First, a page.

There has been some ugly American reporting lately of a problem largely hushed up in Australia, which is the regulatory capture of air safety authorities by the airlines they are supposed to regulate.
Regulatory capture is a relationship in which an authority charged with upholding the law perceives itself as being the agent of the regulated, rather than the enforcer of the regulations.
The US Department of Transport released an Inspector General’s report which found that the Federal Aviation Authority, the equivalent of CASA or the Civil Aviation Safety Authority in Australia, was deficient in its oversight of American Airlines’ maintenance program.
It found that the FAA “lacked the rigor needed” to uncover “weaknesses” that created safety concerns in American Airlines, which has had a string of very serious incidents and crashes in recent years, and is relevant to Australians travelling in the US in that it is the preferred Qantas code share or affiliate partner on key domestic US routes through the Oneworld marketing alliance.
A full report can be read on Air Transport World Online as a non-subscriber, however a subscription to this service is strongly recommended for its depth and its timely reporting of aviation issues in the US in particular.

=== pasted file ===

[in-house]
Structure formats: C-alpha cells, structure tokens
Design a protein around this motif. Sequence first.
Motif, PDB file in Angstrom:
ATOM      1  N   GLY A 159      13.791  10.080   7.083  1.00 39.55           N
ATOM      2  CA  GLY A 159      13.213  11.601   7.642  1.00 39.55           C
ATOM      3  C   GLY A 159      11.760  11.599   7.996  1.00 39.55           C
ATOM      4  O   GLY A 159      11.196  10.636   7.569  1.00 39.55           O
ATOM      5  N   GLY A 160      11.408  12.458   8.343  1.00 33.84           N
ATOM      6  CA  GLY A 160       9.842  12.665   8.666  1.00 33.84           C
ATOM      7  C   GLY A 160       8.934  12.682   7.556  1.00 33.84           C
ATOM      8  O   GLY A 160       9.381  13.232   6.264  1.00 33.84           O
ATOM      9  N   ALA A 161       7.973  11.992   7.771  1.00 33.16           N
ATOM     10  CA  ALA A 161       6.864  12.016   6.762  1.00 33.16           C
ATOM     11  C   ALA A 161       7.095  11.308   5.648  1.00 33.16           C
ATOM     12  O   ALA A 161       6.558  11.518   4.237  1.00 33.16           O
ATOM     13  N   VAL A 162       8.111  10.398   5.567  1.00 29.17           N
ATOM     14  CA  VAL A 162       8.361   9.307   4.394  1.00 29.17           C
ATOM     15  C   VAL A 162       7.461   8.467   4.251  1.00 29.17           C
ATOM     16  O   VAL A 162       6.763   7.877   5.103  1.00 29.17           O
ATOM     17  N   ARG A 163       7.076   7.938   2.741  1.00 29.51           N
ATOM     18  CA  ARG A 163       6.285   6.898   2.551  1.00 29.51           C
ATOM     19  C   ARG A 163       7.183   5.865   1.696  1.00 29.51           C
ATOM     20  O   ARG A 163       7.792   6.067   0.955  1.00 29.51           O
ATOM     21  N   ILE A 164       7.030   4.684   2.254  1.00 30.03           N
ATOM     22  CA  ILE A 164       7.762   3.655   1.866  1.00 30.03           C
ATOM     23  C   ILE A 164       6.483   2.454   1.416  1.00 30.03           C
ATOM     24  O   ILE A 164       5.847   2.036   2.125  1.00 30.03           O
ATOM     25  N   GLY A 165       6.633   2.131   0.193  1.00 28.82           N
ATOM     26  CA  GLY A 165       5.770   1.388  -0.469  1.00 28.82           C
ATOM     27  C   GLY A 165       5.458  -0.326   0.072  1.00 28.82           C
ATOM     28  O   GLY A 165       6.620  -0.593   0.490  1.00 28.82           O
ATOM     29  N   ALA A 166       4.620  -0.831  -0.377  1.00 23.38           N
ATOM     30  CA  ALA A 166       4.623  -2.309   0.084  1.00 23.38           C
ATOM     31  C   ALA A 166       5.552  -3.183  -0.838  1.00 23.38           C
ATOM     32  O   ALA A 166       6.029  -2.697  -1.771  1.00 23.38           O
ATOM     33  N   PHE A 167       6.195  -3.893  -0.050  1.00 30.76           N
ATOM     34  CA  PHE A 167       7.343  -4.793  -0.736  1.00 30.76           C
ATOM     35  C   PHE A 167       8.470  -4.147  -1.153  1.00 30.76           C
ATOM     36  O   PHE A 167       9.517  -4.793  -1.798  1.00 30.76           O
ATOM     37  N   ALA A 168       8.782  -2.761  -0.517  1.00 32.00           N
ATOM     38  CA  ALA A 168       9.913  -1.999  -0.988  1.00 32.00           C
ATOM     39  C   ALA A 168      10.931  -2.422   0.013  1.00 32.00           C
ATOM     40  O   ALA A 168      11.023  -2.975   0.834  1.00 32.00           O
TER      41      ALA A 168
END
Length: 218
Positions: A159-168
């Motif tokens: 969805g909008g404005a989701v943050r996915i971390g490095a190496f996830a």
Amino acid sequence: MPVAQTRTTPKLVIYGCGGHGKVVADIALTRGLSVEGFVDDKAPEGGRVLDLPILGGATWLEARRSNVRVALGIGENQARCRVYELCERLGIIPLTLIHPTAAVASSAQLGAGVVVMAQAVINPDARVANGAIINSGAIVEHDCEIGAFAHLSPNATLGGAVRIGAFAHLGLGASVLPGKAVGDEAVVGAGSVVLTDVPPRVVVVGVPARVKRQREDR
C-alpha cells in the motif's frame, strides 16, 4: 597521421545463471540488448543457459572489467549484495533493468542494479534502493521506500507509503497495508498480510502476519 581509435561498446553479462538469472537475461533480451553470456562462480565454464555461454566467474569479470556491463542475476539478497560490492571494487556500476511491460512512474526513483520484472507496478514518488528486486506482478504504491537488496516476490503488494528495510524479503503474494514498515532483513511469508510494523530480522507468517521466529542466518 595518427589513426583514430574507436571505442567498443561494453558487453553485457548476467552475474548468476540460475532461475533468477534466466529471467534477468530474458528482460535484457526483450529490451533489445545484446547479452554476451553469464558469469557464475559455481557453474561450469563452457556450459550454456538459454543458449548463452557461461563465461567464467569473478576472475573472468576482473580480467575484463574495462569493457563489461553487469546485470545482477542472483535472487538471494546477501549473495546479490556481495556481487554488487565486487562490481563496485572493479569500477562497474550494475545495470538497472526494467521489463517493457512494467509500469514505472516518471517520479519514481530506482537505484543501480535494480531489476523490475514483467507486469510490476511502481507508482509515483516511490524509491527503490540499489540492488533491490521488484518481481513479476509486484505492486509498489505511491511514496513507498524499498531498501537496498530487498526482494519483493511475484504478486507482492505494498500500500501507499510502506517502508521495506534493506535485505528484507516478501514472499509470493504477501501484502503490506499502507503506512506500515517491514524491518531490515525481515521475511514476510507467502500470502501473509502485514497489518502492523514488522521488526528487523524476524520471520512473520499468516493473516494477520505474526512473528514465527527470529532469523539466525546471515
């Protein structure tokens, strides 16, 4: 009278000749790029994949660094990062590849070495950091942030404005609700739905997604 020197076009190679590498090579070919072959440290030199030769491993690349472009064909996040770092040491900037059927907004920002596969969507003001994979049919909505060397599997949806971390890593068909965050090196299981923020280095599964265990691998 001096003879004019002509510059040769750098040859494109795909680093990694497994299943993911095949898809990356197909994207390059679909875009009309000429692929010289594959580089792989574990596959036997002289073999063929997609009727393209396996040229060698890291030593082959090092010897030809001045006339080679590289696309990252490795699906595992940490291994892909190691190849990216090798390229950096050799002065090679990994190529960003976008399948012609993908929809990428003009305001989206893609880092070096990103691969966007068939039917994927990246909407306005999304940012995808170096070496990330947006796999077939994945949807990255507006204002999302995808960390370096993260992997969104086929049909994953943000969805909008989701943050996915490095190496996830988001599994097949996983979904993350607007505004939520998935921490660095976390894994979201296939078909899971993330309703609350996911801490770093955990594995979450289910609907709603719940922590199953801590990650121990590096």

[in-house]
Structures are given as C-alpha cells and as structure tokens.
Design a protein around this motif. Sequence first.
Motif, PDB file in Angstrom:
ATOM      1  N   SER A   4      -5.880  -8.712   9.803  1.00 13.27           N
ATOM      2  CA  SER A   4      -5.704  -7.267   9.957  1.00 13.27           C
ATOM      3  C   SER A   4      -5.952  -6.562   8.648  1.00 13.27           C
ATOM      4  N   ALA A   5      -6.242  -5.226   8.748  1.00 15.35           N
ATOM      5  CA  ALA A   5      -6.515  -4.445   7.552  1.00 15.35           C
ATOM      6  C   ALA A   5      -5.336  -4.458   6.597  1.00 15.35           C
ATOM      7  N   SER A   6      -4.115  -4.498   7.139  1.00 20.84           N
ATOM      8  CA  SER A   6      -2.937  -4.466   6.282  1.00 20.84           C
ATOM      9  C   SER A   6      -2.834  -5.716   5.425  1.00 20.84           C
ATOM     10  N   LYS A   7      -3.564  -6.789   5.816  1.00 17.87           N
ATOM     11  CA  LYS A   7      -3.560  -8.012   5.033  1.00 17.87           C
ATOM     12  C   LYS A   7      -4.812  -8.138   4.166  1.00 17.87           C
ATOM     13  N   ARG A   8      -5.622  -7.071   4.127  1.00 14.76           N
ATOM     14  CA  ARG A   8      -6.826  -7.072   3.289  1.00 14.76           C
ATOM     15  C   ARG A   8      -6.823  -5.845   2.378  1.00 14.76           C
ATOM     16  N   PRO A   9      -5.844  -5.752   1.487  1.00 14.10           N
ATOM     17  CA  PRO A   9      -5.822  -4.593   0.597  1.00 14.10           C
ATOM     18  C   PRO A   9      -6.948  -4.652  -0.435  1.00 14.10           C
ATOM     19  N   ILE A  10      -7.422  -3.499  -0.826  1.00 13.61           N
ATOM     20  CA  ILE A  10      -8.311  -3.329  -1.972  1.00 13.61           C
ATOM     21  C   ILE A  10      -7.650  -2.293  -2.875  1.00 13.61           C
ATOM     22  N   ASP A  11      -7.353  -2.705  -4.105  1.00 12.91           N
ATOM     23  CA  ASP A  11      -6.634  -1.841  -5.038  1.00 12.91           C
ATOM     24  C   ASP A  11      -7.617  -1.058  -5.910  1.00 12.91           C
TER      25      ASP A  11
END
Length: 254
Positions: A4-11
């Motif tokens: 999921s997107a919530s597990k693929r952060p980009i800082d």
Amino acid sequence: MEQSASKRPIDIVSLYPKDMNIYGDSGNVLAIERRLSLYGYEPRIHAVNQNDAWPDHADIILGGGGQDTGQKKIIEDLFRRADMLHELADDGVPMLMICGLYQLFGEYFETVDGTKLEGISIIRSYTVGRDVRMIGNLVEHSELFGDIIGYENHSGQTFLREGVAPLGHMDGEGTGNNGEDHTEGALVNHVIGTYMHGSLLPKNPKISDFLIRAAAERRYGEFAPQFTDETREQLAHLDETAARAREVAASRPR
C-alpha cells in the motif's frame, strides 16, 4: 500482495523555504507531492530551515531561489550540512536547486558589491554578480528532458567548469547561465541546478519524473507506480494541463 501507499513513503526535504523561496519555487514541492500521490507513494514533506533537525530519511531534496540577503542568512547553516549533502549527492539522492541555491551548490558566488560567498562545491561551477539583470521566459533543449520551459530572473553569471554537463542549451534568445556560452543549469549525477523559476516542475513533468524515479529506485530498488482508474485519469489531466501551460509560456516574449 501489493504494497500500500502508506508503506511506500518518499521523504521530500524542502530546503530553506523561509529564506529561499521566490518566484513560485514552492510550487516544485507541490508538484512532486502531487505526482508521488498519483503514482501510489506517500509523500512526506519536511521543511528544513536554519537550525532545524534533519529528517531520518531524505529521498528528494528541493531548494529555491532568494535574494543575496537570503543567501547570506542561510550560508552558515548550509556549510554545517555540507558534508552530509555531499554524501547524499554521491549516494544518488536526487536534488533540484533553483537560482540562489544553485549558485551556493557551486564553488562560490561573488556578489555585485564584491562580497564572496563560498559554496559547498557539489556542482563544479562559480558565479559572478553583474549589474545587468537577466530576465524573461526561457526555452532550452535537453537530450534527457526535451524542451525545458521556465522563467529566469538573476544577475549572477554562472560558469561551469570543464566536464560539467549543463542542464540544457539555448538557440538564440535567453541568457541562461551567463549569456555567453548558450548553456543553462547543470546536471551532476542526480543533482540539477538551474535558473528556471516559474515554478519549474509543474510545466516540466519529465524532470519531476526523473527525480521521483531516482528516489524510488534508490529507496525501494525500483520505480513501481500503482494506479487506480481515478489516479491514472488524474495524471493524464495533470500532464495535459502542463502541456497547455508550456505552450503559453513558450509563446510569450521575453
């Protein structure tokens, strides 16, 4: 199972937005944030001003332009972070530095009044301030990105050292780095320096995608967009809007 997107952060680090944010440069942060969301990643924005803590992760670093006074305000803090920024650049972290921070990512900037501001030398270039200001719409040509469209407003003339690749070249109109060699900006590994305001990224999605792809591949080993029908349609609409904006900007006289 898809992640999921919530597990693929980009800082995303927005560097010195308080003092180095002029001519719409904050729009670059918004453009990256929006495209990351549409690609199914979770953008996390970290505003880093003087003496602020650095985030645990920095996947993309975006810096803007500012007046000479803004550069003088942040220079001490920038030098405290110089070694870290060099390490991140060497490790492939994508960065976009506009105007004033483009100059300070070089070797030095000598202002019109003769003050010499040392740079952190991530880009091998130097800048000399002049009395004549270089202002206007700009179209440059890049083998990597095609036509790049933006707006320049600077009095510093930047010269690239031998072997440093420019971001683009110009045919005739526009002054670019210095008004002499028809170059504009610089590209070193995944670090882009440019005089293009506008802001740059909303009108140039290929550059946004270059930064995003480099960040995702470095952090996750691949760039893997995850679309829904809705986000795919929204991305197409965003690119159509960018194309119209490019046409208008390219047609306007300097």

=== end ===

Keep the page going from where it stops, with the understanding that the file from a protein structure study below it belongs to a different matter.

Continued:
Referring to allegations of safety impropriety made early in 2008 the report says:
An IG investigation found that “FAA failed to assess systems for monitoring air carrier maintenance programs, identify root causes of maintenance deferrals, ensure properly trained mechanics performed certain required inspections, and ensure prompt responses to safety recommendations and service bulletins.”
The IG said it “confirmed the allegation that American was not following procedures for required maintenance inspections. We found that FAA has not taken appropriate action to address American’s long standing failure to comply with required maintenance inspection procedures.”
Australia had a similar experience with Qantas in 2008, leading to a ‘special’ CASA audit of Qantas, but which unlike the US audit, was suppressed because Qantas and CASA are sacred and above detailed public accountability or questioning in this country according to both sides of Federal Parliament.
As reported at the time in Crikey, the ‘special’ audit, which saw CASA actually look closely at Qantas , discovered that it had no idea what Qantas had been up to, shortly after Qantas turned itself in over its failure to complete a compulsory airworthiness directive to repair a flaw in the forward pressure bulkhead of five aged Boeing 737-400s used on Canberra routes.
Qantas had kept the jets flying in contravention of its obligations for five years. This episode was airbrushed out of public view in the general media, and ignored like a bad fart in church in Federal Parliament.
The DOT report is a reminder that the Australian approach to air safety oversight, ‘hush hush, all is well’ is contrary to the integrity and transparency of the public administration of regulations that are supposed to keep the travelling public safe.
Rather like trying to keep the lethality of the incompetently administered home ceiling insulation program out of public view.